[CentOS] Question about storage for virtualisation

Gordon Messmer

yinyang at eburg.com
Tue Jun 26 16:29:46 UTC 2012

On 06/25/2012 06:05 PM, Nicolas Ross wrote:
> If I set vcpu let's say to 2-3 for a single vm, does this mean that
> those CPU are dedicated to that vm or many vm can share the same
> physicial cpus ?

Normally, they won't be dedicated.  You cannot assign more CPUs to a 
guest than there are in the host system, but you can overcommit CPUs in 
general.  That is, if you have 8 cores, you can create two guests with 6 
virtual CPUs each.  If the guests both become busy enough to fully 
utilize 6 CPUs, the performance of each will naturally be degraded 
relative to only one guest being busy enough to fully utilize 6 CPUs.

While CPUs cannot be overcommitted, memory can.  Again, if you 
overcommit memory, the host will swap excess utilization and severely 
degrade guest performance.  Take care to avoid doing this.

> So, I was wondering what's the best for managing storage for VMs ? I see
> mostly recomandations for LV for storing VM's disks. It seem to helps to
> create snapshots for backup purposes. Is this the fastest way of
> creating backups ? And will data access be faster that if I use regular
> files ?

Yes, performance of guests backed by LVs will be significantly better 
than the performance of guests backed by regular files.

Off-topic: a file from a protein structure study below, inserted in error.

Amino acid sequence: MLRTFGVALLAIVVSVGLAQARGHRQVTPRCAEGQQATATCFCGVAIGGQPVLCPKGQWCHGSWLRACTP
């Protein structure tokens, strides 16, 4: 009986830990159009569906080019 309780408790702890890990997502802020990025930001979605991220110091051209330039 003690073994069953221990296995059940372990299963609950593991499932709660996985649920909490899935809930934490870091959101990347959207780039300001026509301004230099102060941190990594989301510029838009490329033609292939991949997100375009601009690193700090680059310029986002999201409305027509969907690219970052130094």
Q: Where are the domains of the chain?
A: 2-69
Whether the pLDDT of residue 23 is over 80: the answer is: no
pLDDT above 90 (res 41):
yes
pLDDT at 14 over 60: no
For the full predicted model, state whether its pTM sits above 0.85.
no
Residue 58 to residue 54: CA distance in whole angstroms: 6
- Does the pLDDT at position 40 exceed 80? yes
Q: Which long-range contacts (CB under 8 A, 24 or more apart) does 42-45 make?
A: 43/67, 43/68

No, you cannot make reliable backups of guests using snapshots of the 
LV.  A snapshot taken at any given time may have inconsistent data.  Run 
your backup software in the guest rather than in the host.  Under a 
Linux guest, you're able to snapshot filesystems and make backups.

When you make a snapshot under LVM, the file system contained therein is 
made consistent (though I'm having trouble finding actual documentation 
to that effect) before the snapshot is taken.  If you have open files, 
you may need to take additional steps to make that data consistent (as 
you would if you were backing up a MySQL database).  Taking a snapshot 
of a running KVM guest will not make data consistent, so you won't be 
able to reliably make a backup that way.

Finally, do not use snapshots as your primary means of backup.  If your 
media fails, you will lose your data.

> As for the guest paritions, I am accustomed of separating my servers
> disks with separate /, /usr, /var, /home and /data partitions. I can't
> recall today why I started doing this, 15 years ago, but I still like it
> that way and continue to do so. Do I still "need" to do this with VMs ?

I don't believe there's any more or less need to do so.  I would 
strongly recommend that you not segregate / and /usr.  Fedora and future 
versions of RHEL/CentOS will expect a unified / and /usr.

More information about the CentOS mailing list